As I near the two-decade mark teaching presentations to professionals, you might say I’ve seen it all. From the brilliantly terrified to the underprepared but overly confident, speakers each start with a unique set of challenges and opportunities. However, there are some common traps that all speakers need to beware of no matter where they begin in their journey. One of those is the accidental audience.
The first rule of presentations is to start with your audience. What do you know about them? What do they know about you and your topic? What are they afraid of? What are they excited by? These are just a few of the questions that form the baseline of a basic audience analysis for successful speakers.
And while we’re aware of this first rule, it requires deliberate concentration to employ it as a habit. Those who do are the speakers we all want to listen to because they have shown that they know how to listen to us first.
In contrast, I’ve also seen the tricky ways our brains resist doing this work. And it is hard work to consider the perspective of our audiences, especially if our differences are things that challenge us in some way.
Let me give you an example. Recently, I ran an online presentation workshop for a group of talented technical professionals. We practiced audience analysis as they all prepped for upcoming presentations to their leadership.
During the workshop conclusion, all participants described how their presentations went. Most were thrilled to report the outstanding feedback they received from their leaders and the newfound confidence they gained from successful performances.
However, two speakers had quite a different audience reaction. Their audiences wanted something different from what they had presented. The speakers realized this because our workshop required them to gather audience feedback metrics, and the feedback they got was crystal clear.
What happened to these two speakers? How did they miss our in-depth discussions and practice with audience analysis to receive this sort of feedback when their peers had excelled?
The short answer is empathy – or in this case – lack thereof. A successful audience analysis requires empathy. Think of empathy as the ability to see the world through someone else’s eyes. The speakers who were able to engage empathy in their audience analysis were able to precisely target their messages to their audiences.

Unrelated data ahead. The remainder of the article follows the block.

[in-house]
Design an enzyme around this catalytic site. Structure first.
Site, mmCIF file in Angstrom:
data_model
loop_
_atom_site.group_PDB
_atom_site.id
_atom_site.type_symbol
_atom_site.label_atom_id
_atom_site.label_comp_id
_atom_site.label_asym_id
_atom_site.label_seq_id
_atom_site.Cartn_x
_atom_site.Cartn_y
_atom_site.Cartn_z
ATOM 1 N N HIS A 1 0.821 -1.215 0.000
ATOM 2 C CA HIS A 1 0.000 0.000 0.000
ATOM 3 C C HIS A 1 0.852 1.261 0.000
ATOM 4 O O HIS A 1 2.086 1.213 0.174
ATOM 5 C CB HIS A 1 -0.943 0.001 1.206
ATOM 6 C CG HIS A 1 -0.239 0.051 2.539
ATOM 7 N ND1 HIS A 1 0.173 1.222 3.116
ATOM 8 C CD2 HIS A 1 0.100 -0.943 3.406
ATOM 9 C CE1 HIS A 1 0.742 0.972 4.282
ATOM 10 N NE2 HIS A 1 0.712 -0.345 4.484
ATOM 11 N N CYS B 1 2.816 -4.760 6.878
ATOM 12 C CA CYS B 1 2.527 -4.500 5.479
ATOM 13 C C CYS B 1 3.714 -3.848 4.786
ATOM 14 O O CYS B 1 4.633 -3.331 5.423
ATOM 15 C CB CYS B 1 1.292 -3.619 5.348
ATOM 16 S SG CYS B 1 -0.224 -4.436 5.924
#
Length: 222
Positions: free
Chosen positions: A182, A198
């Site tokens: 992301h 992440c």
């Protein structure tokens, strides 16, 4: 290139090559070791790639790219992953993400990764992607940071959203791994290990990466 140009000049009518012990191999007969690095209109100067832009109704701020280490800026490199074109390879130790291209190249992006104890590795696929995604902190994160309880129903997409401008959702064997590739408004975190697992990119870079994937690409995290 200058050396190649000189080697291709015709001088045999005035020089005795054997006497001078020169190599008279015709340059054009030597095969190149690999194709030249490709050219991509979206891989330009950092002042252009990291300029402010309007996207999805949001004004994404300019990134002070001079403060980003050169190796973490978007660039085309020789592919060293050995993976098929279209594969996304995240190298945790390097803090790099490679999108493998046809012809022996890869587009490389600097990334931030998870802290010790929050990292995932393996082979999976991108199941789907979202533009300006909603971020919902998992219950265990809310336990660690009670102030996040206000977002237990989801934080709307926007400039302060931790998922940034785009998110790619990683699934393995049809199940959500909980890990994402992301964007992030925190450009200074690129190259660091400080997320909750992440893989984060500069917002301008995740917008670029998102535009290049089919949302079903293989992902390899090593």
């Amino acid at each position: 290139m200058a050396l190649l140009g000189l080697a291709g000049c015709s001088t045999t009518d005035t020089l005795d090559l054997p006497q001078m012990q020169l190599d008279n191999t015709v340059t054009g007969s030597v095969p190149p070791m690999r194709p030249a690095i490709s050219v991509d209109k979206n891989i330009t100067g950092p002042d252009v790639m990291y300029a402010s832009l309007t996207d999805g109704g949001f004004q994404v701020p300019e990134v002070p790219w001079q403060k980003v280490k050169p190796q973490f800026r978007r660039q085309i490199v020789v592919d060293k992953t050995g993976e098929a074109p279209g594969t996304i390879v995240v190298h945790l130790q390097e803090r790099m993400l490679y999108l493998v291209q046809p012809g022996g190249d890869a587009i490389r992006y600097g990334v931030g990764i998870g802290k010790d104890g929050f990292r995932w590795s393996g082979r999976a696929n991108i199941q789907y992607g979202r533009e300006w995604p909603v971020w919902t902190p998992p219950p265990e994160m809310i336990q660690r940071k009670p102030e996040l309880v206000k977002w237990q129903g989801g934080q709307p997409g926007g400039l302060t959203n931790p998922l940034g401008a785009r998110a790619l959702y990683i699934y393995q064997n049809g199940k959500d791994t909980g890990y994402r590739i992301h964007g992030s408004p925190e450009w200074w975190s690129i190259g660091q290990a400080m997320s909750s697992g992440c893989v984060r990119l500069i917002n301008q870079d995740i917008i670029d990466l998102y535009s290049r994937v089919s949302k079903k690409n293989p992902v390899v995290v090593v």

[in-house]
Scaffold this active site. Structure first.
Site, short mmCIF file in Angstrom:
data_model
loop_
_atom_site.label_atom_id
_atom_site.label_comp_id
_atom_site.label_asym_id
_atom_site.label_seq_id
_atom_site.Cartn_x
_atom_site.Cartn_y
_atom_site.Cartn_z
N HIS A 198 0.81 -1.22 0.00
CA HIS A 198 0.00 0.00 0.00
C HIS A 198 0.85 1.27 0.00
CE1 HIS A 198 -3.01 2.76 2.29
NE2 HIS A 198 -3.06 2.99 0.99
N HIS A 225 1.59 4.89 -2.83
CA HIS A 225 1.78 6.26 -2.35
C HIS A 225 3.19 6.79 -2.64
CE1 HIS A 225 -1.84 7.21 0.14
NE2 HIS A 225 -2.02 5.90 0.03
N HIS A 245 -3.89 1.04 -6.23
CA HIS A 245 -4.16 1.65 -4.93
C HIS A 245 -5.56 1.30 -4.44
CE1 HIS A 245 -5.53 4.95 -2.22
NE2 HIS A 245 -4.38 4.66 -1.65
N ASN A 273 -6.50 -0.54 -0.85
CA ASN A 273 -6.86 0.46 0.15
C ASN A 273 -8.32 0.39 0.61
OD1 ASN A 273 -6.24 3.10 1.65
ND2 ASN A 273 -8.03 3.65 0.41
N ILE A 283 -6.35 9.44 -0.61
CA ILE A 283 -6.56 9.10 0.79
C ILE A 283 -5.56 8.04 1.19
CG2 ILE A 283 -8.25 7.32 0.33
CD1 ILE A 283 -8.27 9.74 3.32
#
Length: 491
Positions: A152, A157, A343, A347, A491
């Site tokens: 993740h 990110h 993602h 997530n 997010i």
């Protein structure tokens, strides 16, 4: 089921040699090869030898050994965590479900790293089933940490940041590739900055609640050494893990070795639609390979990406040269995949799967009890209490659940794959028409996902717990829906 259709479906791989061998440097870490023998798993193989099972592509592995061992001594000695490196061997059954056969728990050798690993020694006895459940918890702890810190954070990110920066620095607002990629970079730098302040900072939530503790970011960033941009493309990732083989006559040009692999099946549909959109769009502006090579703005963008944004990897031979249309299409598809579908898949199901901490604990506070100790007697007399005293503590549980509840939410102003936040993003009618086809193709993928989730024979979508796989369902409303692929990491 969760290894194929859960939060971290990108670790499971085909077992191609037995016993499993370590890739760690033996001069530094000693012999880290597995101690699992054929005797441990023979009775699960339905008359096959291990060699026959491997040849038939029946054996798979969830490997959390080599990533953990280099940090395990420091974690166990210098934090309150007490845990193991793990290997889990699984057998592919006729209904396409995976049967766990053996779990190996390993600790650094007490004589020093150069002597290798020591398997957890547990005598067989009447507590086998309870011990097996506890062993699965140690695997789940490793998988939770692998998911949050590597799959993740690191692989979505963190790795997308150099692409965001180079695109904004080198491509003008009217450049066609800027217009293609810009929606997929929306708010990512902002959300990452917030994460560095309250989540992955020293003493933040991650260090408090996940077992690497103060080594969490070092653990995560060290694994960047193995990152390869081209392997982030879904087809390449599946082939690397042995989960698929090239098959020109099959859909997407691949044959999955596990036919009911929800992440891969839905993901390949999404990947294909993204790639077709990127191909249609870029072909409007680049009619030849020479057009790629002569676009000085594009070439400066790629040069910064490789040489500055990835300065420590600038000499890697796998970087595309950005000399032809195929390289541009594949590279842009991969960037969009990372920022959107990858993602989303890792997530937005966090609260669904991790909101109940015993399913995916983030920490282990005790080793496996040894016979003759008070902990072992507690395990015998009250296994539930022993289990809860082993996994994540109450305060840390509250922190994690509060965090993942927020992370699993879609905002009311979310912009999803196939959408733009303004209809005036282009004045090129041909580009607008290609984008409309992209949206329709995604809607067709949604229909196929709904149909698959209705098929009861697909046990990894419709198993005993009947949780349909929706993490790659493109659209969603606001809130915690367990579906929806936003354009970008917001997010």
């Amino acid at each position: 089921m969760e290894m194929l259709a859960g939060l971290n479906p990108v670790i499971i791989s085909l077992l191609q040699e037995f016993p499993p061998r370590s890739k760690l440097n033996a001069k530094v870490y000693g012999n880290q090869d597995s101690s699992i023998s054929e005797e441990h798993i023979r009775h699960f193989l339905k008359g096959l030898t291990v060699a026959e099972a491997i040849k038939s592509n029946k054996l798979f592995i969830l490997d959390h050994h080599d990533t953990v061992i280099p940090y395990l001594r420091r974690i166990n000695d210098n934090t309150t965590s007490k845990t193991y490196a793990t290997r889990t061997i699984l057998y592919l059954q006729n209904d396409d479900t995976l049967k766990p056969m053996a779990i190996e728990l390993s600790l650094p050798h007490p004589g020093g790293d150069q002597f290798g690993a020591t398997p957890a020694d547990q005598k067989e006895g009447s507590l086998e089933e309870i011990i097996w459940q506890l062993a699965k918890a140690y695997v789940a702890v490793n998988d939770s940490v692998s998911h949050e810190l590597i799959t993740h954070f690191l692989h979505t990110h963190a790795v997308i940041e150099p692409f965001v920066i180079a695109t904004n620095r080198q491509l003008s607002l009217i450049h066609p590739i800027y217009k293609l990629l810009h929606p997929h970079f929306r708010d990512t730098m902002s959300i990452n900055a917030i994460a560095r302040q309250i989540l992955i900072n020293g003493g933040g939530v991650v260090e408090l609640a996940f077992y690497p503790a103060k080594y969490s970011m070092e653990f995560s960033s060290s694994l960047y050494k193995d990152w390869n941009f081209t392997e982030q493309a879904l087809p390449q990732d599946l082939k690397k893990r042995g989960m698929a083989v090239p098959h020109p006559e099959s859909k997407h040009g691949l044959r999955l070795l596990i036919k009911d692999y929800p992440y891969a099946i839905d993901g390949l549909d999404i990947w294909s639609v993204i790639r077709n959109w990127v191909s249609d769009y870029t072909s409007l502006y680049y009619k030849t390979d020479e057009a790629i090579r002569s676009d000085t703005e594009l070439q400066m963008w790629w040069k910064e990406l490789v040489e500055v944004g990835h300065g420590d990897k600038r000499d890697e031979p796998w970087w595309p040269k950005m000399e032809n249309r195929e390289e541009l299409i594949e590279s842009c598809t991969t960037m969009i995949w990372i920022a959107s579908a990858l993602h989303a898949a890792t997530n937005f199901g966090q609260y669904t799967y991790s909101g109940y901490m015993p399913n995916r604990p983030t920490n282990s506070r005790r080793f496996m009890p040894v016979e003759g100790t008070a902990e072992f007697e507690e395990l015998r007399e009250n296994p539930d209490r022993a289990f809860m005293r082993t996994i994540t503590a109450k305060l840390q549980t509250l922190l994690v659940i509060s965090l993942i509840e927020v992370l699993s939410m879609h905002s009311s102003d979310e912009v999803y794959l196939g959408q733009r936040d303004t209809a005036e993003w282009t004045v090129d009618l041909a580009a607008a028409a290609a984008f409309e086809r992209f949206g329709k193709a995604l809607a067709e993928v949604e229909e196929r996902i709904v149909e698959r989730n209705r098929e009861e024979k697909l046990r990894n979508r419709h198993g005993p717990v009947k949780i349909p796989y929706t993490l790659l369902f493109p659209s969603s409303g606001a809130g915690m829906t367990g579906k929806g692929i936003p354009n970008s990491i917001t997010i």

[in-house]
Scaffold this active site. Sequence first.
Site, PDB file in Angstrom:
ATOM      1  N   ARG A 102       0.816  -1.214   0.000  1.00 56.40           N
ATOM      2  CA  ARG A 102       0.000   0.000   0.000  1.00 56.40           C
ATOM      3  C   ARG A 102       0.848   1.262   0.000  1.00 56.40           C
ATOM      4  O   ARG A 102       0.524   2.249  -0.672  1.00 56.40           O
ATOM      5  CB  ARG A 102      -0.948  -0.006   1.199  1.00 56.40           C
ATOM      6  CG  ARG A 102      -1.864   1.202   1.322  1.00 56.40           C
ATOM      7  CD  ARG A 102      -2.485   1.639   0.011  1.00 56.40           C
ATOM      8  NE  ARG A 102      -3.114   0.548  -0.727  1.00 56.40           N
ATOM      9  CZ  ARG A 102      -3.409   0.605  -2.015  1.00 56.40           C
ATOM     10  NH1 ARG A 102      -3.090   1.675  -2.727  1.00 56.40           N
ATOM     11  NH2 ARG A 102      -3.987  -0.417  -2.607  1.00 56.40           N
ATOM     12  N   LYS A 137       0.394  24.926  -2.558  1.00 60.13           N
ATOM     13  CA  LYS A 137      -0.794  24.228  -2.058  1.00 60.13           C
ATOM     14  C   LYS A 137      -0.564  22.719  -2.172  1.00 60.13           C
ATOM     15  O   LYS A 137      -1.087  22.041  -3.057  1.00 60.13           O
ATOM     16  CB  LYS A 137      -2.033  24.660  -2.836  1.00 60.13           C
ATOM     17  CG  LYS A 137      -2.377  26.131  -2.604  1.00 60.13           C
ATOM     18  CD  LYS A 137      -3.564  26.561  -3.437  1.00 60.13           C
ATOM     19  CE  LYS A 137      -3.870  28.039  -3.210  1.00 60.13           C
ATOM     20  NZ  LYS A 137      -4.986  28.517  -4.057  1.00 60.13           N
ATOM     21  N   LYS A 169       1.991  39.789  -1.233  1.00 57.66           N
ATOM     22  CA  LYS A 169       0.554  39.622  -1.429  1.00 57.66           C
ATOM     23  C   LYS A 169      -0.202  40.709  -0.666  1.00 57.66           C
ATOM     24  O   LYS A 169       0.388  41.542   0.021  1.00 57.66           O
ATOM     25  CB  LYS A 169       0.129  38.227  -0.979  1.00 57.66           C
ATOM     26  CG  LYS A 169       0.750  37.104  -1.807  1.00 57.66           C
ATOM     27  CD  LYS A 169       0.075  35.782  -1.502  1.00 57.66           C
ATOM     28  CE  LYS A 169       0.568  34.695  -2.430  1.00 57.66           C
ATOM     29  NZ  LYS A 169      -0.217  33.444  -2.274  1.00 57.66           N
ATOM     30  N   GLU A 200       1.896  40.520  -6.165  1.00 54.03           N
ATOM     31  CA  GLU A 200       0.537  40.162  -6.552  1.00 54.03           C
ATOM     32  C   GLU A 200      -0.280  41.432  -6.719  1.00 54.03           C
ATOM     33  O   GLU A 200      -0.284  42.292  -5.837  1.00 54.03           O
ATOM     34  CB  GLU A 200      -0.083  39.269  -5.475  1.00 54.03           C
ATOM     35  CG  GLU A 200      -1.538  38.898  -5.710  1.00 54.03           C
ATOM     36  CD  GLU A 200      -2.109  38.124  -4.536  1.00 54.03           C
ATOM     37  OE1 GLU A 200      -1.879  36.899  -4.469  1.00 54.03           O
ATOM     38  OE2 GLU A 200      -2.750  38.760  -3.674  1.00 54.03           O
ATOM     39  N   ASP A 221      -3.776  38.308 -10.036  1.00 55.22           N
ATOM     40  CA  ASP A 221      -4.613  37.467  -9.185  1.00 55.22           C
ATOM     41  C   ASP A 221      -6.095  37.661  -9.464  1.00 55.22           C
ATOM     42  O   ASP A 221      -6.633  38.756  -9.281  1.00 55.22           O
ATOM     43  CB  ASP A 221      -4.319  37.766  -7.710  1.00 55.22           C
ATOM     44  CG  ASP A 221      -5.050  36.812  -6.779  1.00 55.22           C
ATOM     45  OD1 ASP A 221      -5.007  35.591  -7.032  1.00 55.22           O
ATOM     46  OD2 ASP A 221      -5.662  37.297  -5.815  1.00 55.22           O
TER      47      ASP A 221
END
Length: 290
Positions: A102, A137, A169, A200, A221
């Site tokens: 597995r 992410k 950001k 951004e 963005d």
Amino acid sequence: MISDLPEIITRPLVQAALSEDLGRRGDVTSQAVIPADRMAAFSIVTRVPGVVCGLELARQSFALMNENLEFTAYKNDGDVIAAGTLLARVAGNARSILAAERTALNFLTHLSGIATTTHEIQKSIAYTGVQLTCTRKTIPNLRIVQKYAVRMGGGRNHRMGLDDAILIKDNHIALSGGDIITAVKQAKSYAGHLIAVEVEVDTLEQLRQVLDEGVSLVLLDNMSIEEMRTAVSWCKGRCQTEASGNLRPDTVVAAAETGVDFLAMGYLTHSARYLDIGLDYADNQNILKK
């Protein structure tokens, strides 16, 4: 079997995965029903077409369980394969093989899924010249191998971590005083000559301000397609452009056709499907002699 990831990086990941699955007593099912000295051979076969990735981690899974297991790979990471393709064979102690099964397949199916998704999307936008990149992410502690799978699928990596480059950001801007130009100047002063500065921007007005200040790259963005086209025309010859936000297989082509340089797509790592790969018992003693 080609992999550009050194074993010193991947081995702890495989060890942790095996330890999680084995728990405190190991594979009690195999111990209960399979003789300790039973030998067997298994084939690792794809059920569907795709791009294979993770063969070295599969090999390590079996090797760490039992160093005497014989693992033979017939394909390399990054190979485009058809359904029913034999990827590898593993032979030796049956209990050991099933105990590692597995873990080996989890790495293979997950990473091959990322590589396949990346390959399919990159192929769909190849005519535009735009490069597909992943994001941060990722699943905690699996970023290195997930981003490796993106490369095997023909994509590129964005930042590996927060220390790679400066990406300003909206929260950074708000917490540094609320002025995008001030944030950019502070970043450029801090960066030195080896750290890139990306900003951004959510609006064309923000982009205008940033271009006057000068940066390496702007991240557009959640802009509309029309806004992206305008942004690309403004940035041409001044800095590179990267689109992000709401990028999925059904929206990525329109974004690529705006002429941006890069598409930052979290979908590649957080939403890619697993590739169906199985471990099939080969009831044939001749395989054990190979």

Unfortunately, stress, self-focus, and lack of time can greatly hinder our empathetic abilities. If we don’t recognize this handicap, our presentations will target the perspective we know and love best: our own.
In other words, we are often the accidental audience of our less-than-successful presentations.
To their credit, the two speakers each acknowledged they had accidentally crafted their presentations for themselves. From the audience feedback, they learned how problematic this mismatch of perspectives can be, and they learned how to avoid this pitfall in the future.
Like those speakers, we have all fallen into this trap at one time or another. When we get busy, distracted, and time-crunched, we default to our own needs, wants, and interests.Only when we acknowledge this default can we mindfully combat it.
So, as you prepare for your next presentation, start with the audience – but don’t stop there. Ask yourself these four questions as you prep for your next presentation –
1. Are the commonalities you see between yourself and your audience actually accurate or simply convenient?
2. What different pressures or responsibilities may your audience have from your own?
3. How will your audience immediately use information from or be impacted by your presentation?
4. In a single sentence, what is the essential message your audience needs to take away from your presentation?
We can all do better at questioning our messages and motives as we communicate with others. While we may not always get it right, a strong focus on audience analysis helps us work toward being less accidental and more mindful presenters.
As the founder and principal of TechForum Consulting LLC, Christine brings her passion for solving problems to each workshop, coaching, and training session she leads. During her 17-year academic career, she was a pioneer in online graduate engineering education, first acting as faculty in the University of Wisconsin-Madison’s Master of Engineering Management program, and later designing and leading an innovative online graduate capstone certificate in professional foundations. Parallel to her academic career, she has consulted and developed training programs for organizations such as Boeing, 3M, Cummins, Upsher-Smith Pharmaceuticals, and John Deere. In 2014, based on her extensive work in the field of presentation design, she co-authored the book, SlideRules: Design, Build, and Archive Presentations in the Engineering and Technical Fields, published by IEEE-Wiley.